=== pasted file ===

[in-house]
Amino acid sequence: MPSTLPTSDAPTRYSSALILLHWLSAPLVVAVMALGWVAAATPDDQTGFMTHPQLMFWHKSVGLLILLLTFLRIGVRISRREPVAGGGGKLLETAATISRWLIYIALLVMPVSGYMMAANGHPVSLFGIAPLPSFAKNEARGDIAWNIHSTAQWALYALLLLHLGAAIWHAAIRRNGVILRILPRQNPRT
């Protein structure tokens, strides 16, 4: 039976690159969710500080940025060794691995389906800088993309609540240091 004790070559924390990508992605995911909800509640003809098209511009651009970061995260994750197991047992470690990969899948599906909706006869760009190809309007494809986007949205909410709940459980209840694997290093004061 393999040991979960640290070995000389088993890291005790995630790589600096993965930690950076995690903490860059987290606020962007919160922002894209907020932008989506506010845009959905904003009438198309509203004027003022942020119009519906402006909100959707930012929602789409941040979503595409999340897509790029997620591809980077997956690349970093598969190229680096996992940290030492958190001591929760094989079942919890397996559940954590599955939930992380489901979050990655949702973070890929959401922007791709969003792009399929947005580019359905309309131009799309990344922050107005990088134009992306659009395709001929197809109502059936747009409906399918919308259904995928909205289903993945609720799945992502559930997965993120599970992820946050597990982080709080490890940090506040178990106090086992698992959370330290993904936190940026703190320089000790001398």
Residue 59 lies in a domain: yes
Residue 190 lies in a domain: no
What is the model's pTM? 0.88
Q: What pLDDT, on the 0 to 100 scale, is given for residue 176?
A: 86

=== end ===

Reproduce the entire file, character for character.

[in-house]
Amino acid sequence: MPSTLPTSDAPTRYSSALILLHWLSAPLVVAVMALGWVAAATPDDQTGFMTHPQLMFWHKSVGLLILLLTFLRIGVRISRREPVAGGGGKLLETAATISRWLIYIALLVMPVSGYMMAANGHPVSLFGIAPLPSFAKNEARGDIAWNIHSTAQWALYALLLLHLGAAIWHAAIRRNGVILRILPRQNPRT
């Protein structure tokens, strides 16, 4: 039976690159969710500080940025060794691995389906800088993309609540240091 004790070559924390990508992605995911909800509640003809098209511009651009970061995260994750197991047992470690990969899948599906909706006869760009190809309007494809986007949205909410709940459980209840694997290093004061 393999040991979960640290070995000389088993890291005790995630790589600096993965930690950076995690903490860059987290606020962007919160922002894209907020932008989506506010845009959905904003009438198309509203004027003022942020119009519906402006909100959707930012929602789409941040979503595409999340897509790029997620591809980077997956690349970093598969190229680096996992940290030492958190001591929760094989079942919890397996559940954590599955939930992380489901979050990655949702973070890929959401922007791709969003792009399929947005580019359905309309131009799309990344922050107005990088134009992306659009395709001929197809109502059936747009409906399918919308259904995928909205289903993945609720799945992502559930997965993120599970992820946050597990982080709080490890940090506040178990106090086992698992959370330290993904936190940026703190320089000790001398």
Residue 59 lies in a domain: yes
Residue 190 lies in a domain: no
What is the model's pTM? 0.88
Q: What pLDDT, on the 0 to 100 scale, is given for residue 176?
A: 86